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State v. Carpenter

Decided: November 24, 1993.


On appeal from Superior Court, Law Division, Essex County.

J.h. Coleman and Levy. The opinion of the court was delivered by Coleman, P.J.A.D.


The significant issue raised in this appeal is whether defendant, who was twenty-two years old with an I.Q. of 71, waived his privilege against self-incrimination. The State had the heavy burden of demonstrating that such a waiver was made "voluntarily, knowingly, and intelligently." Miranda v. Arizona, 384 U.S. 436, 444, 86 S. Ct. 1602, 1612, 16 L. Ed. 2d 694, 707 (1966). We hold that the State sustained its burden beyond a reasonable doubt.

Following the denial of a motion to suppress confessions given by defendant, he entered conditional guilty pleas, see R. 3:9-3(f), to six third-degree burglaries, contrary to N.J.S.A. 2C:18-2. He was sentenced to concurrent custodial terms of four years on November 30, 1990. On October 28, 1991, we granted leave to file a notice of appeal nunc pro tunc. Defendant's appellate brief was filed January 29, 1993, approximately ten months after he had been paroled. Defendant contends in this appeal the State failed to sustain its burden of "proving that the mentally retarded defendant knowingly and intelligently waived his right against self-incrimination before he confessed."

It is important to note that the waiver issue raised in this appeal involves an entirely different analysis than that required when determining whether a suspect's right to remain silent was "scrupulously honored." Michigan v. Mosley, 423 U.S. 96, 102-03, 96 S. Ct. 321, 325-26, 46 L. Ed. 2d 313, 320-21 (1975); State v. Hartley, 103 N.J. 252, 261-67, 511 A.2d 80 (1986). The waiver analysis is

based upon requirements of the Fifth Amendment privilege against self-incrimination, made applicable to the states through the Fourteenth Amendment, and New Jersey's common law privilege against self-incrimination incorporated in Evid.R. 23, 24 and 25, now N.J.R.E. 501, 502 and 503. State v. Hartley, supra, 103 N.J. at 260, 511 A.2d 80.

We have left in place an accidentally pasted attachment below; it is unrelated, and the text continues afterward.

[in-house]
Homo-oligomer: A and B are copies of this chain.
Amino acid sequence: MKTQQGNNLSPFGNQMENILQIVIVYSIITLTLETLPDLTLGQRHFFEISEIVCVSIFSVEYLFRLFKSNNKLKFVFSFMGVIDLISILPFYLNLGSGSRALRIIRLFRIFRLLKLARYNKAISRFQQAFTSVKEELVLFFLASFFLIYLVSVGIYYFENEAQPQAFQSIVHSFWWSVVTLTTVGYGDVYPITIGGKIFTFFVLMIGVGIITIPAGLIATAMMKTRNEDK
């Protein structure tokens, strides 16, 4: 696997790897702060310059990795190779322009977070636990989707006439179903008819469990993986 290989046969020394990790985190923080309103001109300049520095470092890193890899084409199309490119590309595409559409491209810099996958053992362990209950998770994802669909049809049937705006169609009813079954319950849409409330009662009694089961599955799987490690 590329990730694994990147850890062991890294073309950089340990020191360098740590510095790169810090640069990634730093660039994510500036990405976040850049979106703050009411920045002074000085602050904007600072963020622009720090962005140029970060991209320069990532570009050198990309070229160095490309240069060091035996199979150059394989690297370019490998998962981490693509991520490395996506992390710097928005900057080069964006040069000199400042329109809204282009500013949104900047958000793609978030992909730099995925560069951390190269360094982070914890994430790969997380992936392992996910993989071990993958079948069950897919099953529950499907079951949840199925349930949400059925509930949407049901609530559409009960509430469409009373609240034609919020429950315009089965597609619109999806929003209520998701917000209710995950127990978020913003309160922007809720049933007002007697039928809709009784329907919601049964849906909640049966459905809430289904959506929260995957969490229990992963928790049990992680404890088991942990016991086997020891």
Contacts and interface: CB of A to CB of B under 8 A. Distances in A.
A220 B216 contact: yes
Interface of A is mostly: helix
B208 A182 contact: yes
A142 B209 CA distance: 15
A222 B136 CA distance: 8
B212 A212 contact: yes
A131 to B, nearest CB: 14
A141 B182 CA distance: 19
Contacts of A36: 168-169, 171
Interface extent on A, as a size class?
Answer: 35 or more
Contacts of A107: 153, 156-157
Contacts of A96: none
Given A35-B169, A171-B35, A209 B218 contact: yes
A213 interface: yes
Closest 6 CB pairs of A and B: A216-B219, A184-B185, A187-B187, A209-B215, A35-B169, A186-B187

Defendant was arrested the night of June 13, 1990, by the Orange Police Department in connection with an investigation of burglaries on the North side of Park Avenue. Defendant's first contact with Detective Louis Castro, who was assigned to the investigation, was on June 14th at about 8:00 a.m. in the Detective Bureau. When Detective Castro asked defendant to read Miranda warnings from a poster on the door in the Detective Bureau, defendant informed the detective that he was unable to read or write. Defendant said he only reached the eighth or ninth grade in school. Detective Castro then read the Miranda warnings to defendant. After reading the Miranda warnings to defendant a second time, Detective Castro had defendant place his initials beside each of the five statements comprising the warnings. The initials were intended to represent an acknowledgement that defendant understood the warnings.

Detective Castro testified further that defendant also verbally acknowledged that he understood each of the warnings after the detective repeated each. Then, Detective Castro asked defendant to contact a relative or friend to witness any statement he might give because defendant was illiterate. Neither defendant nor Detective Castro, however, was able to have someone come to the police station at that time. During an interview with defendant, he told the detective he had committed a number of burglaries in Orange and he implicated others. Detective Castro was called away on another matter before taking a recorded statement from defendant on June 14, 1990.

Detective Castro next saw defendant at approximately 8:00 a.m. on June 15. He again gave defendant fresh Miranda warnings while following the same procedure utilized on June 14. Defendant stated that he was involved in a number of burglaries and suggested he would identify the places if driven around. Detective Castro and Detective-Sergeant Minotti drove defendant around, and he identified homes he burglarized. Defendant also gave details of each burglary which compared favorably with the police file. At the end of the tour, defendant was taken back to the Detective Bureau where he was again given fresh Miranda warnings before confessing to each burglary, following the previously described procedure. Seven written confessions were given by defendant. Detective Castro typed defendant's answers given during the questioning verbatim.

On June 19, defendant's niece, Shannon Jones, reviewed each confession with defendant at the police station. Jones, who completed the eleventh grade in school, signed a statement acknowledging that defendant told her he understood the Miranda warnings. In her signed statement, she was asked if defendant fully understood his Miranda waiver and she answered yes. In that same statement, she also indicated defendant said he "fully understood and that he did not have to say anything at all and could stop at any time." Consequently, by the time defendant told Jones he understood the warnings, he had been ...

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